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Situation, a department head left the company. The company is looking for a replacement by advertising the position and hiring a head hunter. Unfortunately this didn't work out (so far) and the position is unfilled for more than two years. During that time the former deputy department head is acting as department head. If the deputy is on holidays or otherwise unavailable there is a temporary void in responsibility.

The company is located in Germany and has a Betriebsrat or works council. This is an elected body from the employees tasked with representing the interests of the employees towards the company leadership. The Betriebsrat has various legal rights concerning the advertising of the position and can even refuse to agree to the hiring of a specific person if there are good reasons for that.

The deputy department head has been doing the job of a department head for two years without getting the corresponding pay increase. If they were officially declared the new department head that would also entail that there is a new deputy department head which would also come with a pay raise.

Question: Does the Betriebsrat has any rights in this situation or does the employer already do what they have to just by advertising the position even if that is unsuccessful?

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I don't think so.

When it comes to wages, there may be a Tarifvertrag (union-negotiated wage schedule), which may apply even if the employee in question is no union member. It is enough if the employer is member of the employer's association negotiating the schedule, or in certain other cases. (Clever, really, by extending union benefits to non-members they weaken the unions ...)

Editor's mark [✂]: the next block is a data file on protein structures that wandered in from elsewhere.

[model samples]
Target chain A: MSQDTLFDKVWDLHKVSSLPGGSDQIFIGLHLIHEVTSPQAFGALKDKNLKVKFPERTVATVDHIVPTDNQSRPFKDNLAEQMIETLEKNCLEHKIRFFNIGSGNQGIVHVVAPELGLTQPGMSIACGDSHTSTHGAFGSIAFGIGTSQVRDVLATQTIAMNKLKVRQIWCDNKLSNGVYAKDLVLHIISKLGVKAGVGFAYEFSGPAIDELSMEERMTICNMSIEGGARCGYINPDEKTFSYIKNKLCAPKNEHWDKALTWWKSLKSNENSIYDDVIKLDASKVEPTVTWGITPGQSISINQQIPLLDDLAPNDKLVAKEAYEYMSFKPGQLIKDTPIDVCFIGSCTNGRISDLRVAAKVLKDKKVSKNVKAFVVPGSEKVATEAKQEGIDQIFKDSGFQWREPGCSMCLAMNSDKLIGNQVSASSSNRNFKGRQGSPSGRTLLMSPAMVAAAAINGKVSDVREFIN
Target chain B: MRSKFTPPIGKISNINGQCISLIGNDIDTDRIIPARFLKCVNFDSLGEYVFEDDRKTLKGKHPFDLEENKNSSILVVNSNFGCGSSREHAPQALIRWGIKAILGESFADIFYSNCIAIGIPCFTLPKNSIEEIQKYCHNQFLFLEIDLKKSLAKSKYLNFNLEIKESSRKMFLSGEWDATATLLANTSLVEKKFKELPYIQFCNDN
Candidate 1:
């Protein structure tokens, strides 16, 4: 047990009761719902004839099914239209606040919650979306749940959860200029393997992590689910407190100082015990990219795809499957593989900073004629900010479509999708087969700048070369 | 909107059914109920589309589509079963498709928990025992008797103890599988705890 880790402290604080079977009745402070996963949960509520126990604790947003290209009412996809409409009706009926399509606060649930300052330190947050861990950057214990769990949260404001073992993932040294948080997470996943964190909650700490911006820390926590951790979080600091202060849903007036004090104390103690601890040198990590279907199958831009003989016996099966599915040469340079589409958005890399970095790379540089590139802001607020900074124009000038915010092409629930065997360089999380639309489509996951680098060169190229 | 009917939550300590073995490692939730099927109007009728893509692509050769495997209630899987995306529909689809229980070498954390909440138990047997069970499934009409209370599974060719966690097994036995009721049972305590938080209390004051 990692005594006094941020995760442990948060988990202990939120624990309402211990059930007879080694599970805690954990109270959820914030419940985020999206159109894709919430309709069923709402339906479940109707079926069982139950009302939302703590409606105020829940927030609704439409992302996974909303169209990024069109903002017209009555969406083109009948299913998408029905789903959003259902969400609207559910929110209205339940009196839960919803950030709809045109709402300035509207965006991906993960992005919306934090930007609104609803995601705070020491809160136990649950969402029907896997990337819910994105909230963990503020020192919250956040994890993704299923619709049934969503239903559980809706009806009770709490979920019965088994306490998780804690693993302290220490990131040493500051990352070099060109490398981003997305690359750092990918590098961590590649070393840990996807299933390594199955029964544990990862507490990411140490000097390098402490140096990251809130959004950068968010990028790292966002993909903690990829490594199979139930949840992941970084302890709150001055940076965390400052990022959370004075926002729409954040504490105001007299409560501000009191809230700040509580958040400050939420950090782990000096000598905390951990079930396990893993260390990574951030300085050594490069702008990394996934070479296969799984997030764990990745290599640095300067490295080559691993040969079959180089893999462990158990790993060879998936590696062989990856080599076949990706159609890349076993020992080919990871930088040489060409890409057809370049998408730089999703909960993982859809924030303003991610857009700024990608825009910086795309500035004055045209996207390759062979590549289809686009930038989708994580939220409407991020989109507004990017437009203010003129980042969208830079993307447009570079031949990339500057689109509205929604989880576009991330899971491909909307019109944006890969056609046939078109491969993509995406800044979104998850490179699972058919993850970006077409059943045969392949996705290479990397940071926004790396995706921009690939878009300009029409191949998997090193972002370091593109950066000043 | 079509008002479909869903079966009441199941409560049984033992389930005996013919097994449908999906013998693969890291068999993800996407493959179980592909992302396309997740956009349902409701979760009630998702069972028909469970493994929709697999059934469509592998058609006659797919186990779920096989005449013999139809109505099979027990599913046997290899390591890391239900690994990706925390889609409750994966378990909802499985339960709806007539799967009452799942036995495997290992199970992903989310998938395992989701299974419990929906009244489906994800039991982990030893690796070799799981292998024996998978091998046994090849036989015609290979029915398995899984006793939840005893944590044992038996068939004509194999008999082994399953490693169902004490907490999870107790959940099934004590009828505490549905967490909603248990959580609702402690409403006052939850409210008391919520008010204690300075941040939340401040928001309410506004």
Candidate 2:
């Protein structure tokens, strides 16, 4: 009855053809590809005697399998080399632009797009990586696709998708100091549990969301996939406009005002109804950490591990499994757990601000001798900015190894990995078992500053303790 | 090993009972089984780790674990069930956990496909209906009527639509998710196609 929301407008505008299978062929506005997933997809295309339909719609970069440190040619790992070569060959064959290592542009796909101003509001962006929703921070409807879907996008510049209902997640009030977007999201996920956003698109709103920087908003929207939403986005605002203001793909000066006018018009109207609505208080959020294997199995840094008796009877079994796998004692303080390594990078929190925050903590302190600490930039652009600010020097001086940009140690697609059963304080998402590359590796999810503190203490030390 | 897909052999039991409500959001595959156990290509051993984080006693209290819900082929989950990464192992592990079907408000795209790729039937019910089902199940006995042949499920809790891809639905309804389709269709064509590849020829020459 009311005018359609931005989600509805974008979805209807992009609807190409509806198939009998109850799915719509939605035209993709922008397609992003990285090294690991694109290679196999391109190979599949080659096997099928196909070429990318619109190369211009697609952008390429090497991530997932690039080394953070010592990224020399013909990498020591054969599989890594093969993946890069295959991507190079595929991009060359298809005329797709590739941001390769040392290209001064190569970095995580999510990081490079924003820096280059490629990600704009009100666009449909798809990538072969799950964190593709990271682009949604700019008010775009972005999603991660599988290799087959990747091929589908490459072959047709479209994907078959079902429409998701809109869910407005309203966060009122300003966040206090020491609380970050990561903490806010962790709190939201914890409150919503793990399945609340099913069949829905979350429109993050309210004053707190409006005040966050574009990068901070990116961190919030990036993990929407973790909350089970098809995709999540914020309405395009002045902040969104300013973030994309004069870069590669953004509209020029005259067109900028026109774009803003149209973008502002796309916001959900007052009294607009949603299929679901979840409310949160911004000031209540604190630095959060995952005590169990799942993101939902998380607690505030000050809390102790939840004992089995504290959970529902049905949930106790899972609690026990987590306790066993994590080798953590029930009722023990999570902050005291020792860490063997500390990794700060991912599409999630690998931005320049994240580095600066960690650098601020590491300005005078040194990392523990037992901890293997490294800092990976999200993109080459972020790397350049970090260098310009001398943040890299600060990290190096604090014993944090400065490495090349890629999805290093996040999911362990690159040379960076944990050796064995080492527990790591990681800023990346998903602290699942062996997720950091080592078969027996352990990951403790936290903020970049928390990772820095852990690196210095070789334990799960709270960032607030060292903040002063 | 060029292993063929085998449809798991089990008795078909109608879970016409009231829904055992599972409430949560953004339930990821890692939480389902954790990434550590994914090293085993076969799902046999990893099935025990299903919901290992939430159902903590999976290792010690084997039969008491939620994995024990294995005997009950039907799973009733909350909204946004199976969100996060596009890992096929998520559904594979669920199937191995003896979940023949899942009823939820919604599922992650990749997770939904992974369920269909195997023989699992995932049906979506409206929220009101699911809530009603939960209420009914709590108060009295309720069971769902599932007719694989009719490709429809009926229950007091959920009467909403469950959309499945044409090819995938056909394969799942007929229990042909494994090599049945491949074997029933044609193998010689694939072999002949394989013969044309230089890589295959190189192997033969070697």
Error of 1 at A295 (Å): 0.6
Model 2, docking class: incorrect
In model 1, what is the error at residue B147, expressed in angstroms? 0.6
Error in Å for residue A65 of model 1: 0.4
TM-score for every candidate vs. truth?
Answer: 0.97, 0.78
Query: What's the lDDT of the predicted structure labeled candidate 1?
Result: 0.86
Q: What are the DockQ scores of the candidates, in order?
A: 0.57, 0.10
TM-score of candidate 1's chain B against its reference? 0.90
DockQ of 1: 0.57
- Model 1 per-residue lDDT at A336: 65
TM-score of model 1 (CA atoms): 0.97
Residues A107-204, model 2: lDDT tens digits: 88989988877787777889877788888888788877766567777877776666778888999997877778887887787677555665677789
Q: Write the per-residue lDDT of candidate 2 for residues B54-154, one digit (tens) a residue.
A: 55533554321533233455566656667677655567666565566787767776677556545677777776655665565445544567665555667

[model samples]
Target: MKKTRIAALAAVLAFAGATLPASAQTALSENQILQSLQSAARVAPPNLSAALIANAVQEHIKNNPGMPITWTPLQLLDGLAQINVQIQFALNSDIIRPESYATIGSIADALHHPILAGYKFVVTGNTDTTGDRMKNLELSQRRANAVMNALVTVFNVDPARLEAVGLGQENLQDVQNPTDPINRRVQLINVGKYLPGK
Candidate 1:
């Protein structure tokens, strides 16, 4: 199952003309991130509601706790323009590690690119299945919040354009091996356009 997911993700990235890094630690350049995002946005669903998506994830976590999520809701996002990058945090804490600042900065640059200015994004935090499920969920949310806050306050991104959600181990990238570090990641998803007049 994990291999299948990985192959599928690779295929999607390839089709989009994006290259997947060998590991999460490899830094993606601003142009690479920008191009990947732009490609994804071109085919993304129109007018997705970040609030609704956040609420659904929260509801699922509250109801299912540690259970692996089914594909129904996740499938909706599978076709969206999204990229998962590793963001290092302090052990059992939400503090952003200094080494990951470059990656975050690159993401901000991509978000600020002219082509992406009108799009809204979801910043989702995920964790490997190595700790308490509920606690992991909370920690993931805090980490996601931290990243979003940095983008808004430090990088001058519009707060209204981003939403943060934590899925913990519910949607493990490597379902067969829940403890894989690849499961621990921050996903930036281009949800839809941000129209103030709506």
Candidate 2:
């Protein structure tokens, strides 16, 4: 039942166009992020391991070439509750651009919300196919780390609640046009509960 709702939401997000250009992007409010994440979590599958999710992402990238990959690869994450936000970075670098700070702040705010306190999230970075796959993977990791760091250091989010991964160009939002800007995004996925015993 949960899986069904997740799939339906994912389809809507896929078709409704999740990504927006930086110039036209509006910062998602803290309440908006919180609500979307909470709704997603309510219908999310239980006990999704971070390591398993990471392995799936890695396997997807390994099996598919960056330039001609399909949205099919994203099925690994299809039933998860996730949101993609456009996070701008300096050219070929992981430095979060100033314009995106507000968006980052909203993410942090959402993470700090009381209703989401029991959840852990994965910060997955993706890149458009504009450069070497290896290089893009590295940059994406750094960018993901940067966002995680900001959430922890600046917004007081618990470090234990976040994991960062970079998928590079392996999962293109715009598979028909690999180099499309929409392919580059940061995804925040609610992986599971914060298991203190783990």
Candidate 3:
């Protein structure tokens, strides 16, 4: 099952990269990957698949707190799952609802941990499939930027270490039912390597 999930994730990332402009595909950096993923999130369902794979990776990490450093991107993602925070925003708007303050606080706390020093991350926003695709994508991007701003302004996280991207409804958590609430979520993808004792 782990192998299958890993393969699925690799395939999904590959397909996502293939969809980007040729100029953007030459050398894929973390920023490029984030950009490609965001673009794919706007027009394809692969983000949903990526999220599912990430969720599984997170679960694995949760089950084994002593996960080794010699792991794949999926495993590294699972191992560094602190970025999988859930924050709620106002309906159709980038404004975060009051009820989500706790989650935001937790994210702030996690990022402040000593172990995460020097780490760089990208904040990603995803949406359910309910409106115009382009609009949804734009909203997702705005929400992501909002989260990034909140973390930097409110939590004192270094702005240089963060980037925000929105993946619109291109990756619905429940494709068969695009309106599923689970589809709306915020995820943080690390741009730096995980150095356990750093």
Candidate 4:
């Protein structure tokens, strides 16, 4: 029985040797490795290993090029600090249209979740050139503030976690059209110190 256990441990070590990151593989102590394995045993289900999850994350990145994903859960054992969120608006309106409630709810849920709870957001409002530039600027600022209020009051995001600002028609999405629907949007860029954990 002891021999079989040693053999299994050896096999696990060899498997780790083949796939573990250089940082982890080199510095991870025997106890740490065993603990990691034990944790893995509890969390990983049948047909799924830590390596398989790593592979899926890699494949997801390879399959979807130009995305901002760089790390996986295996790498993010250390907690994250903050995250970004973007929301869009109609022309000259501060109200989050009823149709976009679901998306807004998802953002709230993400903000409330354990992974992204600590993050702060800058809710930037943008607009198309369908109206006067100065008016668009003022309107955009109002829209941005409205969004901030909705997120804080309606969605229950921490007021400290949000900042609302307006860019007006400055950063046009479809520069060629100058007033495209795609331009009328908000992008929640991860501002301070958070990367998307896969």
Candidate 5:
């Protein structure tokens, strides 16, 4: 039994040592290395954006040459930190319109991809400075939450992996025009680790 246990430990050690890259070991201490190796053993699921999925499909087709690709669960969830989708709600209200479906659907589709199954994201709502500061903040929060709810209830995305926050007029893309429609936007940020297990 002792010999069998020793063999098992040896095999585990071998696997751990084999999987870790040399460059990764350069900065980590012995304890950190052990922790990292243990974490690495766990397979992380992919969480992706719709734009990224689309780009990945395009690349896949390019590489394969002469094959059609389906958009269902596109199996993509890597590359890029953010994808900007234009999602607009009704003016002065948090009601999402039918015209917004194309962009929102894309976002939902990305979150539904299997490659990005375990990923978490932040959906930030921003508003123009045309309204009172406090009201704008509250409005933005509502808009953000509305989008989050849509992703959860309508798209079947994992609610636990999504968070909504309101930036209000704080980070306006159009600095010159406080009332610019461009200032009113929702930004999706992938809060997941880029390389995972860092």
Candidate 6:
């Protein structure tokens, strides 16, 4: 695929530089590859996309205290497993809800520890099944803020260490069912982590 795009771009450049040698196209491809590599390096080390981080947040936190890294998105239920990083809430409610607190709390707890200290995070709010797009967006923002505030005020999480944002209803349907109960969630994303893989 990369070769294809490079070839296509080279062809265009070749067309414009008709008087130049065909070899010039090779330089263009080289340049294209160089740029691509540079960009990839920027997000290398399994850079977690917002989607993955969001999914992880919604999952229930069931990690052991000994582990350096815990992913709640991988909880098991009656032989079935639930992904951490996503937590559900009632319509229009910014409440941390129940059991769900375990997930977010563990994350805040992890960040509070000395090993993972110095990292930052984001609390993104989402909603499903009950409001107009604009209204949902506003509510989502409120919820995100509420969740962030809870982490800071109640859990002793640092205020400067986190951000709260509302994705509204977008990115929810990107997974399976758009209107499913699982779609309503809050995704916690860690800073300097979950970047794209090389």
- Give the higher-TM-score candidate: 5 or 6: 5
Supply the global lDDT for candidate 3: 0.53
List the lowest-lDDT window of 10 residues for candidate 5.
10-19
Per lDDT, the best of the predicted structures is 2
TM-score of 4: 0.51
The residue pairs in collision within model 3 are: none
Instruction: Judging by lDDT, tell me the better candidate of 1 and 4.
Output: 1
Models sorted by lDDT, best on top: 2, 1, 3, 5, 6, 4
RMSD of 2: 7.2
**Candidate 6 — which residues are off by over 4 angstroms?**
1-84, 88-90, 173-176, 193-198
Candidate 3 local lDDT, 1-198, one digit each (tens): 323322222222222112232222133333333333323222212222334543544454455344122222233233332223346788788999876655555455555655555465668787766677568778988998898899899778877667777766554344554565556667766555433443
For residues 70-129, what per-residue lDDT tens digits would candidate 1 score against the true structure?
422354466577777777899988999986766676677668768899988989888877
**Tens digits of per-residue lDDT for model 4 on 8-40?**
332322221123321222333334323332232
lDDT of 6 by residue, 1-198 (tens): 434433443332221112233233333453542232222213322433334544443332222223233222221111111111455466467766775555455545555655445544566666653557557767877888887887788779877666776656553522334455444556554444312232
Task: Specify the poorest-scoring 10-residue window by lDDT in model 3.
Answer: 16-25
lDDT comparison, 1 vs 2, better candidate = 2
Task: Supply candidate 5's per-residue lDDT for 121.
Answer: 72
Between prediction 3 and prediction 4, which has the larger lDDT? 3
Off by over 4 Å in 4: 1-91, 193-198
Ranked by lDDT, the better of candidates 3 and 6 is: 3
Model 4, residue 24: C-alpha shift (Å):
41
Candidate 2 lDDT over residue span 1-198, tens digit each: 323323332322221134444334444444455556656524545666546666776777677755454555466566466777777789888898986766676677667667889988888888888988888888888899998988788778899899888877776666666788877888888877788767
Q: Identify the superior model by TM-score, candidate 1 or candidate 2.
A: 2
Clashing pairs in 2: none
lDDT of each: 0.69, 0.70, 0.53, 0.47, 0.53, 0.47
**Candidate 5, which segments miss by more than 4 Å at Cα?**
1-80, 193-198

The Tarifvertrag stipulates minimum wages for certain positions, and it may define those positions implement that. An employer could not underpay a skilled machinist by calling her a 'gadget specialist' or similar non-scheduled position. But the deputy department head is likely paid above the highest bracket of the wage schedule, called außertariflich (AT, beyond the schedule). At this level, it comes down to individual negotiations between the employee and employer.

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  • The legal basis is: §5 - Universal application of collective agreements - Collective Agreements Act (Tarifvertragsgesetz, TVG) and came into force on the 1949-04-09. It extended the provisions of §§159,165 of the constitution of 1919-08-11 (Weimar constitution). Allgemeinverbindlicherklärung – Wikipedia Jun 13, 2023 at 6:12
  • The §5 TVG was introduced since, at the time, it was common practice in medium-sized industries and therefore extended to everyone. Therefore a restaurant owner is bound to the agreements made by their corresponding employers association (i.e. they cannot say that their waiters will not be paid the agreed basic wage, but live only on their tips) Jun 13, 2023 at 6:37
  • @MarkJohnson legally, there is only one job that is paid by tips in Germany: Croupiers in a Casino are paid from the tip-tray, and only if that falls below a certain level, then the state has to fill up the wages to a specific level.
    – Trish
    Jun 13, 2023 at 9:39
  • @MarkJohnson, there are sectors and regions without a Tarifvertrag where just the minimum wage applies. But that would unlikely be an issue for a deputy department head, whatever the sector and the size of the company.
    – o.m.
    Jun 13, 2023 at 10:11
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    @MarkJohnson, that aside was not really the core of my answer, but the reasoning would be that the Flächentarifvertrag system reduces the incentive for the employees to unionize. Where I work, most workers benefit from the union agreement (those who don't get more), and hardly any are in the union. That limits the ability of the union to call for a strike.
    – o.m.
    Jun 13, 2023 at 15:04

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